It has to be considered in a differentiated manner: From a documentary on Eritrean television we could learn that the landline-based telephone network is not being enhanced with a high priority, because this would be too costly. Instead the focus is being directed to the cellphone network, which indeed is remarkable. Many Eritreans have a cellphone. In Asmara coverage is available almost all over town, mostly with a 3g signal. During our trip to the Red Sea I noticed that there was coverage all the way between 1 and 3 bars. In the Black Forrest, where we live, this isn’t the case by far.
It is possible without any problem to call abroad out of the Eritrean cellphone network and to be called there from abroad. Foreign SIM cards however cannot be used yet.
Electric power supply has been and still is a challenge, although in the corse of the last 2 years major improvements could be made possible. Before that power cuts in Asmara were absolutely normal and occurred daily. During our 2 weeks stay in 2018 we experienced 2 power cuts of about 30 minutes each.
The internet is clearly the week point of Eritrean infrastructure. The opening of a website takes up to 20 minutes, normal e-mail traffic is not possible. Whoever needs fast internet must get it via satellite, which however needs governmental authorization.
Water supply is an issue that requires permanent care, as everywhere in Africa. In Asmara there usually is no shortage of water. The city disposes of huge basins that store the rain coming down during the rainy season. This water is being used to supply the whole town. In the country, however, the government is taking permanent efforts to provide new wells and to improve the pipe network, with the objective of a Stabil water supply system.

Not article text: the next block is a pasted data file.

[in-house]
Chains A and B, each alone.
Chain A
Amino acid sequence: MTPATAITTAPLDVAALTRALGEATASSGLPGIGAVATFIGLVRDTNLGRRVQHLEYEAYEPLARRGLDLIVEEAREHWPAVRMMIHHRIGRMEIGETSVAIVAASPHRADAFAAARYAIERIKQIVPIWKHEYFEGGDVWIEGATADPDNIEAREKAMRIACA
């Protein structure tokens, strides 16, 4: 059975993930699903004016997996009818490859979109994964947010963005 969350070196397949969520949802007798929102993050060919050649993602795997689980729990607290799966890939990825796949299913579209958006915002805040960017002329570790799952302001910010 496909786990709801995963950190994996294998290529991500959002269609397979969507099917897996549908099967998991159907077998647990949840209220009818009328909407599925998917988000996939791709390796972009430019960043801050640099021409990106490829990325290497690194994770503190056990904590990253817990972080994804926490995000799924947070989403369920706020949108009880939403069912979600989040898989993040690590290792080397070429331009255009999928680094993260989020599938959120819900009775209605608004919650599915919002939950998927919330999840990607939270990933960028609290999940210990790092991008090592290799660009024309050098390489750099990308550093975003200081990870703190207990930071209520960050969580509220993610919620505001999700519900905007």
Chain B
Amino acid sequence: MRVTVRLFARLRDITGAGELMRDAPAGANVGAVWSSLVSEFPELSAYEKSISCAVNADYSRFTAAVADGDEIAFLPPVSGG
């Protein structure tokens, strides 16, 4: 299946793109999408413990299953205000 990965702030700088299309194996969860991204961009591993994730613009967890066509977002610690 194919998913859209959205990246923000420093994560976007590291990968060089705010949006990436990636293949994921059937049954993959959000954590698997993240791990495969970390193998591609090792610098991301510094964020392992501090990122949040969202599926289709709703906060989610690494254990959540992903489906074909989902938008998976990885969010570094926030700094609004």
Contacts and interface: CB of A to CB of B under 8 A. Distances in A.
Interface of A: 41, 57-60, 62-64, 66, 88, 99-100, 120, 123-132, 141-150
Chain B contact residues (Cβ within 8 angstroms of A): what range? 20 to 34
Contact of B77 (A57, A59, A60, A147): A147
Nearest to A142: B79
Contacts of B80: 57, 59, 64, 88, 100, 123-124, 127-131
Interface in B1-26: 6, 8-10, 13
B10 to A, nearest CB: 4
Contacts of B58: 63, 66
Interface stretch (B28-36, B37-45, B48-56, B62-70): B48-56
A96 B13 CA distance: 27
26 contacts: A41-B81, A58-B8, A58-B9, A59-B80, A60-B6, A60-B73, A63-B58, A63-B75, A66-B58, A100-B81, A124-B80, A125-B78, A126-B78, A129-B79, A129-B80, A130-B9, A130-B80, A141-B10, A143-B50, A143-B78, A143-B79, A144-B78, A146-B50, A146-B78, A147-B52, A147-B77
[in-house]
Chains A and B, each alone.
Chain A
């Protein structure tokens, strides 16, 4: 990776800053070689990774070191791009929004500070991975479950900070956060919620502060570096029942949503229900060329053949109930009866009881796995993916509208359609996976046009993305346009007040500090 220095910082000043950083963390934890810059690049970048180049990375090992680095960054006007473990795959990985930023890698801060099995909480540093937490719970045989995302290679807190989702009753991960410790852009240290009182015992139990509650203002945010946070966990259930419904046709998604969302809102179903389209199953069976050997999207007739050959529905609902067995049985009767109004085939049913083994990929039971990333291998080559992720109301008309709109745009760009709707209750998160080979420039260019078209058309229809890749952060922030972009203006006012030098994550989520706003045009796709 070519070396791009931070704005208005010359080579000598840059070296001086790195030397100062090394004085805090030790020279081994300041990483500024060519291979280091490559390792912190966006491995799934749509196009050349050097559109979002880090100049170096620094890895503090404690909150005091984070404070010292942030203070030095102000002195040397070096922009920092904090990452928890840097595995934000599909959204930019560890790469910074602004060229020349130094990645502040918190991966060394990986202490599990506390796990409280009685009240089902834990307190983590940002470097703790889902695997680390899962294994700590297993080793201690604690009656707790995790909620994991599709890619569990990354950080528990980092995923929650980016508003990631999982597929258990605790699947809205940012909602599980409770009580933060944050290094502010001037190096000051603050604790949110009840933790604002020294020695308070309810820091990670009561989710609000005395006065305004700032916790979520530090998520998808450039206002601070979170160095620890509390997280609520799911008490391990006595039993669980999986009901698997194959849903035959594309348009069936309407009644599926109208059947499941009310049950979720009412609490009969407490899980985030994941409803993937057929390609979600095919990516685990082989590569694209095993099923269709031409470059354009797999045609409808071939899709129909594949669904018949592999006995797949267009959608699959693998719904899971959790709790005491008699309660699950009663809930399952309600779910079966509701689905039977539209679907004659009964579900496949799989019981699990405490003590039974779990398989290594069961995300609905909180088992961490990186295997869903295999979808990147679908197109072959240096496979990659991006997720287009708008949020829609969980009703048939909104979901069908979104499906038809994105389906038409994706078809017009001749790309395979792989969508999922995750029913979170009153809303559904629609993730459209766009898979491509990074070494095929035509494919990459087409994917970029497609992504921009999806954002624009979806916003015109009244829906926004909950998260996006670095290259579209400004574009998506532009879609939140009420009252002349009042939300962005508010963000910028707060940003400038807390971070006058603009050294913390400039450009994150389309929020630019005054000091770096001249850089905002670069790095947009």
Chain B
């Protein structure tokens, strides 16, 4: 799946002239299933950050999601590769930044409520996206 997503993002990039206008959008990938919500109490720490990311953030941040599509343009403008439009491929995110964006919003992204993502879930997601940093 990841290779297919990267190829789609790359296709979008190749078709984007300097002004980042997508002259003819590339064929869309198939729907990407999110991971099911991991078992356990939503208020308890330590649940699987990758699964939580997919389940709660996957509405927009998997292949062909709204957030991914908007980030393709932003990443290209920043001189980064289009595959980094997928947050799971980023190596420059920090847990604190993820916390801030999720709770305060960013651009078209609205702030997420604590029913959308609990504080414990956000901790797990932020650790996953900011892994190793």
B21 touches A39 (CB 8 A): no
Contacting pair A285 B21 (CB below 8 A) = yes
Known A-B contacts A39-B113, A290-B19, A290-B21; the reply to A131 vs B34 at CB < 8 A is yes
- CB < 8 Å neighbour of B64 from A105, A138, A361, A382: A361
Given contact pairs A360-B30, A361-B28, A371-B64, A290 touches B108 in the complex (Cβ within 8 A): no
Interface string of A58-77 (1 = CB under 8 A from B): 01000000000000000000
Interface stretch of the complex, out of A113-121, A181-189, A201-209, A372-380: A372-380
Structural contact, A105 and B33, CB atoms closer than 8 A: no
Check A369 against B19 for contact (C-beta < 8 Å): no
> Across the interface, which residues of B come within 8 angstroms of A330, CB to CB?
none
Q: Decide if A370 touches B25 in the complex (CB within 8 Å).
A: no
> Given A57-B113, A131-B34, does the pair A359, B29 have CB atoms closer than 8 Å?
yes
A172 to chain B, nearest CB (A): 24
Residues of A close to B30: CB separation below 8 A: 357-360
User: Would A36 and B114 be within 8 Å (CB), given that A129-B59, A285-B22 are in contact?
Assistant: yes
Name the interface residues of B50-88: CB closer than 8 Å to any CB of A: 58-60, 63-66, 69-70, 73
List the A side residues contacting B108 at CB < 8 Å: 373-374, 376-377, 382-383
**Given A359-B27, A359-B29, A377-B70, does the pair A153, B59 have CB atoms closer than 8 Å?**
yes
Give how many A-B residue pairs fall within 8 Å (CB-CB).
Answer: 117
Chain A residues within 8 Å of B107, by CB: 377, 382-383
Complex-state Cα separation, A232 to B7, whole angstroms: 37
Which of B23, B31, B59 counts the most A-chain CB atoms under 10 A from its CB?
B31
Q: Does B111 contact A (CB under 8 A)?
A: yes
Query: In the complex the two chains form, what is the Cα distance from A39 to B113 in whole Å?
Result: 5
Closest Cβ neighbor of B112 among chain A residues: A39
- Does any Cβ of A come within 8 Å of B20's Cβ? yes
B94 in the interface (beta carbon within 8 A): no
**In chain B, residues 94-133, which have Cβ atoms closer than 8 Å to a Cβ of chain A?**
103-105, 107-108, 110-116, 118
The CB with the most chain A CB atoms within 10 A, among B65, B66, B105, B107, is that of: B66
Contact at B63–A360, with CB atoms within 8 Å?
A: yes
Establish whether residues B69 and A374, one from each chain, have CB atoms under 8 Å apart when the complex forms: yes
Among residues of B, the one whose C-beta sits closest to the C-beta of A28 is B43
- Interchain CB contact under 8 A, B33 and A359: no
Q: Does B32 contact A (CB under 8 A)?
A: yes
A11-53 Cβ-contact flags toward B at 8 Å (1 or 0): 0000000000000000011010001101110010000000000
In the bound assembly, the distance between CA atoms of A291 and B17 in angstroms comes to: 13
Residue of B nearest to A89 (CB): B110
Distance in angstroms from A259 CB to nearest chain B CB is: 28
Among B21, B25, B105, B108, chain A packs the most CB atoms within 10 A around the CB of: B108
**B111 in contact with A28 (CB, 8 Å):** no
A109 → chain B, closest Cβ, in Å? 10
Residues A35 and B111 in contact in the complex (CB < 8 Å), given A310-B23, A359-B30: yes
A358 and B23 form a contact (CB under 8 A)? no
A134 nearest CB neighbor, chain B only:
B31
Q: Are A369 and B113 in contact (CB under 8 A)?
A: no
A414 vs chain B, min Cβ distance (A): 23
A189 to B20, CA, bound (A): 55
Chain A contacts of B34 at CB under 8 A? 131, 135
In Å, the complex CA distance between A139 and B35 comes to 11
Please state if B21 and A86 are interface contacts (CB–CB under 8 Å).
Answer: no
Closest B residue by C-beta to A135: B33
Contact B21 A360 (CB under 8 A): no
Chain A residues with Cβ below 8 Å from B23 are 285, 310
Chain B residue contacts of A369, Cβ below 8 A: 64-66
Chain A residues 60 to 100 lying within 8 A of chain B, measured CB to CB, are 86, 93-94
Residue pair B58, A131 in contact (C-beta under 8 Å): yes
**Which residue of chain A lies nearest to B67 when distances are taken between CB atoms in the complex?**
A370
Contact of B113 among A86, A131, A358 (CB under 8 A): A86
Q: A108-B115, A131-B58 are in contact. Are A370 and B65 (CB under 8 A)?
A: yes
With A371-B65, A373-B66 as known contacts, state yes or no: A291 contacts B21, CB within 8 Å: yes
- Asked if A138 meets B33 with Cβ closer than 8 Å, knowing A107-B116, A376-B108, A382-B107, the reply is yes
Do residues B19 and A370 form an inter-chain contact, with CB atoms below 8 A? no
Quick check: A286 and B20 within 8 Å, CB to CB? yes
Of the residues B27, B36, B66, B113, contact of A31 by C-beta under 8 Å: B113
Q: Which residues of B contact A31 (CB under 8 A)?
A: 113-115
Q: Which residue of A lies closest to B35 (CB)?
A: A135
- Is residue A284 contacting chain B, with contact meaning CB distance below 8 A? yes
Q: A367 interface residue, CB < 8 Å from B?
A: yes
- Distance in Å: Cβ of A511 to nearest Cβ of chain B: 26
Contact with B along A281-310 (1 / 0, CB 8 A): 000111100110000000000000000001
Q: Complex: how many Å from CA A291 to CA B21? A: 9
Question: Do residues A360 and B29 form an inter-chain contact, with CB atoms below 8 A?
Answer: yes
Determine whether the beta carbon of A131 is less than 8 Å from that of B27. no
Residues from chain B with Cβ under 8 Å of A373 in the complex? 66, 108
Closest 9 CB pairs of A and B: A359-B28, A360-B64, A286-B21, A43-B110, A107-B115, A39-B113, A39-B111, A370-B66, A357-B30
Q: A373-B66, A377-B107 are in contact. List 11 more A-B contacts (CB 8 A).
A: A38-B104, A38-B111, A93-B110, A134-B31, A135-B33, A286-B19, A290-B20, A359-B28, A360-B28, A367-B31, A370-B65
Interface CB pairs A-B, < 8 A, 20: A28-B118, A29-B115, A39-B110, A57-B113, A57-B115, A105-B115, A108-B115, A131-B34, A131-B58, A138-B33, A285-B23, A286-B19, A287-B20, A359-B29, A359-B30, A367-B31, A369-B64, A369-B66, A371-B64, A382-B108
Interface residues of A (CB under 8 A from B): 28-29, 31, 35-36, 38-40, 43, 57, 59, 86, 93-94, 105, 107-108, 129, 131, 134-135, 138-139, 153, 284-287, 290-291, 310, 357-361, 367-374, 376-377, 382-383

One must not forget that the low land of Eritrea is very hot. In Massawa on the Red Sea temperature rises up to 50 degrees in the summer. One of the hottest deserts worldwide, the Danakil desert, it situated in the southeast of the country near the city of Assab.
Donkeys carrying water
In the corse of private visits as well as during our trip to Massawa we saw a differentiated picture of the country. Yes, there is much visible poverty; however it is not the screaming poverty in the sense of slums or favelas. We have seen houses made of corrugated iron, which however was exceptional. Most Eritreans live either in very small city apartments or simple houses with no running water. Most of these have 1 or 2 barrels in the yard in order to collect rain water for use.
Despite these living conditions which for us were very special all Eritreans we met were very hospital, which we appreciated to a high extent and which touched us to the deepest, because they were more than happy to share the little wealth they had.
One of the few cabins made out of corrugater iron we came across
We were told before our first trip that Asmara was the most secure capital of Africa. We saw this confirmed soon: Me and my family could go out at 8pm without any problems. There were quite a few people out in the streets, and the cafes were moderately frequented.
A typical appliance store in Asmara
We left Eritrea with a whole bunch of impressions. I was happy to put my feet on African soil for the first time in Asmara instead of Karthum, Cairo or Cape Town.
We do declare that Eritrea has, to some extent, become dear to our hearts. I want to help my blind fellow sufferers there to catch up with modern information technology. As a consequence to that further visits are very likely.
The beach of Massawa, with 28 degrees of water temerature